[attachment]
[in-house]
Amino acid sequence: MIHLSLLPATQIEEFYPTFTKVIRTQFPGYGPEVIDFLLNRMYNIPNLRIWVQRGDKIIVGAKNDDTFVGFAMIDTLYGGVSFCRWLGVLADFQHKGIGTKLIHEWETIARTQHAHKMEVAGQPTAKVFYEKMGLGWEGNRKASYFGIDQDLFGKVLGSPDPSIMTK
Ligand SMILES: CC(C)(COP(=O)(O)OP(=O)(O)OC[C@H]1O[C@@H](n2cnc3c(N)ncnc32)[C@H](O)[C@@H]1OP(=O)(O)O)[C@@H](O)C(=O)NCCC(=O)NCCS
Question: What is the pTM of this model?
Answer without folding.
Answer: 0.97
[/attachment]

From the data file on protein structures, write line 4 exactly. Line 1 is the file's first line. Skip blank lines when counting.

Question: What is the pTM of this model?